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Citation and Plagiarism

This guide contains a select list of resources for properly citing your sources and avoiding plagiarism.

APA Style

APA Style

This guide is intended as a general introduction to citing sources using the bibliographic style established by the American Psychological Association (APA). For more complete details, see the most recent edition of the Publication Manual of the American Psychological Association (REF KNIGHT BF 76.7 .P83). Note that the manual includes essential information on manuscript preparation (e.g., margins, use of the passive voice), creating figures and tables, and ethics.

Citing References

The custom of citing references – that is, providing a record of the sources you have used for your research – is a form of professional honesty and courtesy that is based on a regard for the responsibilities that writers have to readers and to other writers to indicate when they have used someone else's ideas or words.

Citing sources also strengthens the authority of your work, by demonstrating that you have considered others' opinions and ideas in forming your own. In addition, it gives the the reader valuable information, indicating where he or she may go to get further information on that subject; for many researchers, the list of cited references at the end of a relevant article or book is the single most valuable item they can come across in their research.

Accuracy in citing references is highly regarded, and essential in helping others locate the materials you used in your research.

References: General Guidelines

  • Items are presented in alphabetical order by the first author's last name, or, if no author is listed, by the first element of the citation (generally the title).
  • During your research, develop a consistent system for noting bibliographic information (author, title, date, publisher, source, page numbers) and keep it with your notes or copies of the source material you used.
  • Always consult your professor/department/publisher for specific requirements.

In-Text Citations:

  • When citing a reference in text, it is recommended that you follow the author-date citation system. Each in-text citation should correspond to a source in the reference list. When paraphrasing an author or citing an entire work, you must include the name of the author and the year of publication. You may do this either as a citation in text by placing the publication date in parentheses when the author’s name is mentioned in the narrative, or parenthetically at the end of a sentence.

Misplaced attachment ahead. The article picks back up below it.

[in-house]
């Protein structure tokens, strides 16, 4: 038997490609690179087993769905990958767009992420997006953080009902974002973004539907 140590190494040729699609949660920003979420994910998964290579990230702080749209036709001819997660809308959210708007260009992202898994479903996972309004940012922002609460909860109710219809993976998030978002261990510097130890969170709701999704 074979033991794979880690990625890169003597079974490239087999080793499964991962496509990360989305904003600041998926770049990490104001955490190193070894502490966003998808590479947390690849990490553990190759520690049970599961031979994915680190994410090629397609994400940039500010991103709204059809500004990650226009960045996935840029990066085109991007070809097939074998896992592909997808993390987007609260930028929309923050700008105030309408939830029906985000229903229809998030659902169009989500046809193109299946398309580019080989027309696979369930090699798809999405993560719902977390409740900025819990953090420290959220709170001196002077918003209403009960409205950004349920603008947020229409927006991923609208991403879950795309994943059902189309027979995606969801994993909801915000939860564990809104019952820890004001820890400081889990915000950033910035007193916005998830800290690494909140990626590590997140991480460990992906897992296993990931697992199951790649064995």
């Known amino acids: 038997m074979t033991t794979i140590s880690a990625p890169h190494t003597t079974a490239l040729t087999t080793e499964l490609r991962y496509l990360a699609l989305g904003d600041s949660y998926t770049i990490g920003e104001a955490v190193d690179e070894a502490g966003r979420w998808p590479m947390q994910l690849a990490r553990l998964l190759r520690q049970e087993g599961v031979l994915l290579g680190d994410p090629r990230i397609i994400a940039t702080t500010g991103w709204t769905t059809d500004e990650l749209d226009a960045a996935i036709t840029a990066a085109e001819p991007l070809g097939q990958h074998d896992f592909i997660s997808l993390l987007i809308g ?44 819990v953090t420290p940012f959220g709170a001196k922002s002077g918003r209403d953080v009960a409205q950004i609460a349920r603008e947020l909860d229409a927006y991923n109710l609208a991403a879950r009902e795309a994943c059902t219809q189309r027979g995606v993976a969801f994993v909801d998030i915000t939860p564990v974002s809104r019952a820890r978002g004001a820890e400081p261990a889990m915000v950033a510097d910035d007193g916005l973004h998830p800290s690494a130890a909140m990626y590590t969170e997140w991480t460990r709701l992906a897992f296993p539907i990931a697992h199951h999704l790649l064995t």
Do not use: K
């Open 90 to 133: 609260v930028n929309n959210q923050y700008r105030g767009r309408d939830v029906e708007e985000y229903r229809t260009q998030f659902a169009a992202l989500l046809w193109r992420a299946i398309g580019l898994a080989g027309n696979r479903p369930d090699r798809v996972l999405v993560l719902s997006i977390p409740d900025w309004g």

For example: Smith (2008) found that…     OR: The study showed that… (Smith, 2008).

  • If you are citing a direct quotation from a source, then you must also include the page number, preceded by “p.”. The page number can be placed at the end of a sentence with a direction quotation if the author and date were cited in the sentence already, or as part of a parenthetical citation, following the format - (Author last name, publication year, p. [page number]).

          For example: According to Smith (2008), “Quotation from source” (p. 144)... OR: “Quotation from source” (Smith, 2008, p. 144)


Sample List of References

Citation Example Type of Citation

Ramírez, C. Z., & Verkuyten, M. (2011). Values, media framing, and political tolerance for extremist groups. Journal of Applied Social Psychology, 41, 1583-1602. doi:10.1111/j.1559-1816.2011.00775.x

Journal article, 7 or fewer authors, continuous pagination

Chafee, Z., Jr. (1962). Freedom of speech and press. In W. S. Dowden & T. N. Marsh (Eds.), The heritage of freedom: Essays on the rights of free men (pp. 140-156). New York, NY: Harper.

Chapter in an edited book

Dennis, E. E., & Vanden Heuvel, J. (1991). Emerging voices: East European media in transition: A report of the Gannett Foundation Task Force on Press Freedom in Eastern Europe (2nd ed.). New York, NY: Gannett Foundation Media Center.


FCC ruling to stifle debate, critics say. (2003, June 13). The Buffalo News, p. C1.

Newspaper article, unsigned

Foerstel, H. N. (Ed.). (1997). Free expression and censorship in America: An encyclopedia. Westport, CT: Greenwood Press.

Encyclopedia or dictionary

Freedom of the press: Hearing before the Subcommittee on Constitutional Rights of the Committee on the Judiciary, Senate, 92d Cong., 1 (1972).

Government hearing, whole hearing

Cameron, J., Hooks, I., Kaysing, N., Hoffman, M., Hackett, S., Butler, L. L., & ... Crawford, S. M. (2011). Should P-16 physical education programs focus more on wellness and obesity prevention objectives and goals? JOPERD: The Journal of Physical Education, Recreation & Dance, 82(9), 12-18.

Journal article, more than 7 authors, pagination restarts with each issue, no doi available

Terregino, C. A., & Saks, N. S. (2010). Creative group performances to assess core competencies in a first-year patient-centered medicine course. Medical Education Online, 15, Article ID 4879. doi:10.3402/meo.v15i0.4879.

Article retrieved from web site

Jeffords, S., & Rabinovitz, L. (Eds.). (1994). Seeing through the media: The Persian Gulf war. New Brunswick, NJ: Rutgers University Press.

Edited book

Paretsky, S. (2003, June 2). The new censorship. New Statesman, 759, 18-20.

Magazine article

Fuss-Reineck, M. (1993). Sibling communication in Star Trek: The Next Generation: Conflicts between brothers. Miami, FL: Annual Meeting of the Speech Communication Association. (ERIC Document Reproduction Service No. ED 364932).

ERIC Document

Sanders, B. (Producer/Director). (1987). Making the news fit [Motion picture]. United States: Cinema Guild.

Film or video
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